Heather’s Story

Aug 11, 2020 | Survivor of the Week

In July of 2017 on a long (8hr) flight home from North Africa (where we spend a lot of our summers), I began to experience a different and painful cramp, almost like a contraction. I began bleeding heavily and felt ill.

I felt bewildered because I had my mensural period two weeks before while on our holiday. It felt different and I was concerned. I usually don’t become concerned when it comes to my period because I have endometriosis and am accustomed to pain and bleeding. When we arrived home, I went on with business as usual but still felt pain and was very nauseous.

August came and I had no period. This was strange and I still felt off and in pain. I went to see a specialist that was recommended by my primary Doctor. The specialist put me on a progestin pill. It didn’t help and by October I still had no period and was taking over the counter caplets for nausea. The pain and pressure in my abdomen was increasing.

One night I felt an urge to urinate but barely made it to the toilet when blood, water and what I describe as an apple shaped clot/mass came out. In a panic, I flushed and more and more blood kept coming. The next morning I made an emergency appointment with the specialist and waited 3 hours to see her. I told her what happened and she said, “it was probably just the flu”. That was not the flu. I cried and was lost.

Two of my sisters suggested I was pregnant with twins, still carrying one and miscarried the other. A few days passed and still some bleeding and symptoms of pregnancy. I took two at home tests. They were positive. I was 48 years old and could not believe this. My primary ran a blood test because she could not believe it either, it was also positive. With that test we found my blood count was dangerously low and I had to be admitted to the ER.

No fetus was found. This lead to many tests and phone calls around Orlando area and no one had answers. Finally, the ER doctor found a Gyno/Oncologist that was aware of what I was dealing with. At my visit with him a few days later he informed me I had an extremely enlarged uterus and had a mass (molar pregnancy). He also found a spot on my left lung.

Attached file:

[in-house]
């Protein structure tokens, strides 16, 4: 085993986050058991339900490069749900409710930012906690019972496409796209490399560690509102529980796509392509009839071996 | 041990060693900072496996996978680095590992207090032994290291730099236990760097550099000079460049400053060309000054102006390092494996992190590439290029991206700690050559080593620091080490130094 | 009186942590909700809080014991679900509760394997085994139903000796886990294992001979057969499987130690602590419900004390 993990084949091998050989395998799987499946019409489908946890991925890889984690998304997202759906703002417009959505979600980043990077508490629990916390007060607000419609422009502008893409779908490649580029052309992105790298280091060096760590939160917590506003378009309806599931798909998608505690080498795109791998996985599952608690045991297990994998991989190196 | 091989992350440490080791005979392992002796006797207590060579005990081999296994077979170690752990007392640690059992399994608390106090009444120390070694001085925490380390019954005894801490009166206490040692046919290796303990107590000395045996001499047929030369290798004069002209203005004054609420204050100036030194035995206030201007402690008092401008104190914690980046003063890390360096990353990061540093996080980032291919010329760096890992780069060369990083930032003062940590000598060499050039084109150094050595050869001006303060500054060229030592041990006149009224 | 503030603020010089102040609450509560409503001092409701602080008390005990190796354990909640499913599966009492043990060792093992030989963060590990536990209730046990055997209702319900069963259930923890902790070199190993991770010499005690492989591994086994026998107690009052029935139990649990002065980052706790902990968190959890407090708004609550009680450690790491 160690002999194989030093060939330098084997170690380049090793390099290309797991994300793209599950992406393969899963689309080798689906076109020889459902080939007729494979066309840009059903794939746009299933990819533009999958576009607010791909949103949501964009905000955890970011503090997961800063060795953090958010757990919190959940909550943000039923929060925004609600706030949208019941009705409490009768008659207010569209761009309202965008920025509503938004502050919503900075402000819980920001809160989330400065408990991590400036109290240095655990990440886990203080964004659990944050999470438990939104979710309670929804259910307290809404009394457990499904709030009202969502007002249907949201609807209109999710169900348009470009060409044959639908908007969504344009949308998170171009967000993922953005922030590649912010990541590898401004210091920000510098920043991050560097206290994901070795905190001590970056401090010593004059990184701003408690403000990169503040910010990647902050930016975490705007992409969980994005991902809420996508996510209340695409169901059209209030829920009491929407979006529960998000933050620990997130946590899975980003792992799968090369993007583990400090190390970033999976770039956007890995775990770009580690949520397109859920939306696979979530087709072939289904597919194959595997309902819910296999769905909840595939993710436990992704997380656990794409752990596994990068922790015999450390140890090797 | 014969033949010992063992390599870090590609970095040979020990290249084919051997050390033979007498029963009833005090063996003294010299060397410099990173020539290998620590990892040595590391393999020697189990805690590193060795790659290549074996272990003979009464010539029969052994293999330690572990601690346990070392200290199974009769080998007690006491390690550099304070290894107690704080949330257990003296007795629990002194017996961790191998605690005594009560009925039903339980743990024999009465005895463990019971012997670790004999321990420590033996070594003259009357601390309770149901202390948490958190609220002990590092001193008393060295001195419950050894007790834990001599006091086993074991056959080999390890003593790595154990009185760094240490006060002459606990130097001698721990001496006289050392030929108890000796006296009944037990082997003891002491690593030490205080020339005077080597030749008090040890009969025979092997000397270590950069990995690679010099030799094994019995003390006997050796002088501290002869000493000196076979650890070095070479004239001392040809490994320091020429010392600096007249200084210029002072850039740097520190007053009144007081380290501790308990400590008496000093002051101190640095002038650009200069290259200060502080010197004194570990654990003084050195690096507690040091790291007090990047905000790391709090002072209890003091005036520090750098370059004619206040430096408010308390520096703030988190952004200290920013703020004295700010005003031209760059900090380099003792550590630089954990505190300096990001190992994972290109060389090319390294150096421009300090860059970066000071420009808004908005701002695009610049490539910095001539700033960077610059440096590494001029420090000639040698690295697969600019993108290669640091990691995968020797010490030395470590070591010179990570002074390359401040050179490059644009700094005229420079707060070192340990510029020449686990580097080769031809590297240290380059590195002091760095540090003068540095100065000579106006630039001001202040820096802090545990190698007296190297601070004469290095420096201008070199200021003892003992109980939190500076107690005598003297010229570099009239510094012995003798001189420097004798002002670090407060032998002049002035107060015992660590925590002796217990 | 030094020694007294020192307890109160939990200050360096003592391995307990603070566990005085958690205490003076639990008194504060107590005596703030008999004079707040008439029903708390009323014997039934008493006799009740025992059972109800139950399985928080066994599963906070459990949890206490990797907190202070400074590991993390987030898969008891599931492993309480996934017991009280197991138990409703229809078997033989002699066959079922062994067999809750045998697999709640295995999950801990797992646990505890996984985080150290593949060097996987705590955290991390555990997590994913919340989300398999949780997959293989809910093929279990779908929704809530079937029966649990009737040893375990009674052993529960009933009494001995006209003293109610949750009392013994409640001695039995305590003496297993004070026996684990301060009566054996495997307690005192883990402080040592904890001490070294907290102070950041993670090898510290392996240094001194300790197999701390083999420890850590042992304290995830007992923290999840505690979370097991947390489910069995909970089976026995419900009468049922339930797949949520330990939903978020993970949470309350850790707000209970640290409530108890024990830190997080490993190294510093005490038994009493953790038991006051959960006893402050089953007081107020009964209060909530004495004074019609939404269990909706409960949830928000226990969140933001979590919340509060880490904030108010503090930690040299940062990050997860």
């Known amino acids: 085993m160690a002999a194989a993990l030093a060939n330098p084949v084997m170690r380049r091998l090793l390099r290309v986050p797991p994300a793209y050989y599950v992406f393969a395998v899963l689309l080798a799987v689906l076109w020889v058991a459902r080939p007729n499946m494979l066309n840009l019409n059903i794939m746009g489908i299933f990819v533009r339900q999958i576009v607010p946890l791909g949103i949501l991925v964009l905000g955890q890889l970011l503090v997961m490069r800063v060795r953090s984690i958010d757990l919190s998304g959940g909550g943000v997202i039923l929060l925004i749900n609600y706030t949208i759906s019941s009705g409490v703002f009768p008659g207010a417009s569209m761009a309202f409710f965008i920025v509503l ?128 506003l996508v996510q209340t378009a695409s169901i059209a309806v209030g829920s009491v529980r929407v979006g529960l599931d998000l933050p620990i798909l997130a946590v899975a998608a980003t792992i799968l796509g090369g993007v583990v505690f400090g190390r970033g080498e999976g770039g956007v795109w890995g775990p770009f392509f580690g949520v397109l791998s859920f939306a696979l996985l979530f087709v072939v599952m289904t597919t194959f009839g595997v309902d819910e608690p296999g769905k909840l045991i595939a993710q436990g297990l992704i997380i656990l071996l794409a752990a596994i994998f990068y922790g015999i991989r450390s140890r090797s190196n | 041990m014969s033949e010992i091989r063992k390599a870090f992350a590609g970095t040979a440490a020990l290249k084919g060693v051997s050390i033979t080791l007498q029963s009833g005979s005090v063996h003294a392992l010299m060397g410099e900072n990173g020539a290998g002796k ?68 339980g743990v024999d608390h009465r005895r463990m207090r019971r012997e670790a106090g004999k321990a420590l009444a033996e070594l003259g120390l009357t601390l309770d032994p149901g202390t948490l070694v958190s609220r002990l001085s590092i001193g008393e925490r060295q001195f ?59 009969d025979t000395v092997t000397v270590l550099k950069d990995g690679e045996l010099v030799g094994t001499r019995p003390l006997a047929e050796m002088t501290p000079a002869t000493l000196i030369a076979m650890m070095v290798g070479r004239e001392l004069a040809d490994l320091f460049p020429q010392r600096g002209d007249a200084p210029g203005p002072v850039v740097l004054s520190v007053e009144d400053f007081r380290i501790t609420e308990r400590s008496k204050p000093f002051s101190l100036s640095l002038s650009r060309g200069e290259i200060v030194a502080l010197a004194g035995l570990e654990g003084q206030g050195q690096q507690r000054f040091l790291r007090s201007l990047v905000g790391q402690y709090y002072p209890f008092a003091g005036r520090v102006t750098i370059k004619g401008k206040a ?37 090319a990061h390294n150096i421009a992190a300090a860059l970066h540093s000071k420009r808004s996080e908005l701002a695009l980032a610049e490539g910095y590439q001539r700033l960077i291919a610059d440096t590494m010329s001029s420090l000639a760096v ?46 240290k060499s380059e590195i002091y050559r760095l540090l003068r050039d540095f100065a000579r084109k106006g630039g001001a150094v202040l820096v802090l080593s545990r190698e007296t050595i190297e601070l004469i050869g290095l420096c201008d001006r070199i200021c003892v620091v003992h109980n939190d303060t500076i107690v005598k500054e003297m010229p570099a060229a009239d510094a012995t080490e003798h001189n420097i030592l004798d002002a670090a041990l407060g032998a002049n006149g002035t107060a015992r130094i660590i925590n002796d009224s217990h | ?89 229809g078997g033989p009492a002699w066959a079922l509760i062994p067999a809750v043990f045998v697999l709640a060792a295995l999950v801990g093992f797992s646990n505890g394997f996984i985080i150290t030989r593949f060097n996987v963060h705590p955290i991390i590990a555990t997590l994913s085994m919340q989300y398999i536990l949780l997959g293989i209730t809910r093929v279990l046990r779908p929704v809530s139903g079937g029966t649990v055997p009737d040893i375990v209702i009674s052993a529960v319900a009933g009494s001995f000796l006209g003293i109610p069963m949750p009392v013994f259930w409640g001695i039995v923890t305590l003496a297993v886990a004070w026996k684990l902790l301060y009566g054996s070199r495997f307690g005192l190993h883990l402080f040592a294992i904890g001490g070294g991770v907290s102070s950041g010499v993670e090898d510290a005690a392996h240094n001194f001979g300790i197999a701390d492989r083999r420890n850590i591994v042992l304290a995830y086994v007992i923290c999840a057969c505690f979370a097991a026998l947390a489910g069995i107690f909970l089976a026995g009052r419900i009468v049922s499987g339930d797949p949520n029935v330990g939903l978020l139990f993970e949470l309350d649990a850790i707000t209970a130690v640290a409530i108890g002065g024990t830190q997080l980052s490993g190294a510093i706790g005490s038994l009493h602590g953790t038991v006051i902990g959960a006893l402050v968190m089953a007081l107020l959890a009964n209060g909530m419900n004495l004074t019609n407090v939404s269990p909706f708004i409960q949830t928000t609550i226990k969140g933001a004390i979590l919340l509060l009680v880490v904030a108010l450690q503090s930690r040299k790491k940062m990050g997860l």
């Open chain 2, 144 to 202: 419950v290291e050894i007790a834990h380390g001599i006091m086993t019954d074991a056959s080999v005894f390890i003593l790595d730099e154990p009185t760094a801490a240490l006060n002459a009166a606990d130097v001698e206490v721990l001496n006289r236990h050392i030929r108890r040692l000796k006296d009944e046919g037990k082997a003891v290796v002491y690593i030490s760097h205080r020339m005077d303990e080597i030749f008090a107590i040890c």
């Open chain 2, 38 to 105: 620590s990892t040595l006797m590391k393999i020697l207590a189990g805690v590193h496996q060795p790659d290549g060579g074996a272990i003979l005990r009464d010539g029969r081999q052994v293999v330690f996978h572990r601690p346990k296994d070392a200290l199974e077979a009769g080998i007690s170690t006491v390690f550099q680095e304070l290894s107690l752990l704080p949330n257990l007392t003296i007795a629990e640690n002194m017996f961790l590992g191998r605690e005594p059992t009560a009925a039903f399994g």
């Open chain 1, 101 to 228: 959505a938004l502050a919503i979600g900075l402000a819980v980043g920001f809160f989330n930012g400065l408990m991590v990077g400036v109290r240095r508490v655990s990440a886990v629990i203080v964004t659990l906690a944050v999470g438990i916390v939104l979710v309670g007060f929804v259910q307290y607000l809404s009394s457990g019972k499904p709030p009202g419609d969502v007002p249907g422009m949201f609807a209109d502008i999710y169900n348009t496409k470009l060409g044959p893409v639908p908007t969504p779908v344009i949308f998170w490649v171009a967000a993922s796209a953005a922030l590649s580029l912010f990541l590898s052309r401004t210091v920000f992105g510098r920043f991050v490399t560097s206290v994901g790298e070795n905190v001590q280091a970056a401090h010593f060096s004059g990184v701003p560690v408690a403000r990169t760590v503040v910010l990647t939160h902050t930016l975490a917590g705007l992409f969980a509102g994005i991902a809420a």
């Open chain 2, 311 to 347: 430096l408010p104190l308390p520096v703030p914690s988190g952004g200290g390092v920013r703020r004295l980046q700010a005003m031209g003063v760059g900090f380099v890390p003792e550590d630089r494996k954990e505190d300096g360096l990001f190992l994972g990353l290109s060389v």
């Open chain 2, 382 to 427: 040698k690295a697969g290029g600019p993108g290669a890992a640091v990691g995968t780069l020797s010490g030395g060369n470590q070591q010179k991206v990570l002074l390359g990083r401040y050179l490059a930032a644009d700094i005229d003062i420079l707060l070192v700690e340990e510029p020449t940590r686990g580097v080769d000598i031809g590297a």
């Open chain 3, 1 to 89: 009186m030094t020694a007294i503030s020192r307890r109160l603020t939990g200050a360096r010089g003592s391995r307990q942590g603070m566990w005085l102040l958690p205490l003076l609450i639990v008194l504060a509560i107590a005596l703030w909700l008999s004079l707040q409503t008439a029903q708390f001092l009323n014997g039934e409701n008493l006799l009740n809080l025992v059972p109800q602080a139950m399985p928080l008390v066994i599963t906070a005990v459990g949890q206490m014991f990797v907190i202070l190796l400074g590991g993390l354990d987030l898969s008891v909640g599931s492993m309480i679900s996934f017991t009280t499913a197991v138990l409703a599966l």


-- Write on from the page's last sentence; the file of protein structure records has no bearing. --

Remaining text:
I needed a hysterectomy along with one dose of chemotherapy. Because I do not accept blood transfusions due to my religious beliefs, I needed to get my blood count up before surgery. I had robotic surgery and it was a success.

After surgery my HCG did not go down, it was rising and rising quickly. It was GTD (Gestational Trophoblastic Disease). This was devastating to me and my family because 2 years before we lost our Mother to cancer.

I began chemotherapy on Jan 4, 2018. It was all fast paced and I had no time to comprehend what was going on. I had a 3-combination chemo, 18-hour infusions every other week, which required 2 overnight stays in the hospital each time. My WBC (white blood cell count) dropped and I was given 4 Neupogen shots. I also experienced an infection in my mouth that required antibiotics and pain medicine. This was the only time that I was given pain medication even though I begged for some more due to the bone pain. I dodged the nausea, thankfully.

My body responded by the 6th infusion but, for precautionary measures, I was given 2 more infusions. It’s been 2 years off chemotherapy and my hcg levels were last checked in March 2019. I was released from my Oncologist care that month as well.

I’m now 50 years old and some days my body has been devastated by the chemo and GTD. It’s been a long lonely road for recovery. Many people are not aware or understand GTD. So many do not know how to respond when I tell them about my cancer. It certainly is comforting to know there are other women who have been through what I have, and now we are tribe members. I love u all and hope someday to meet u in person and share our experiences. Xo

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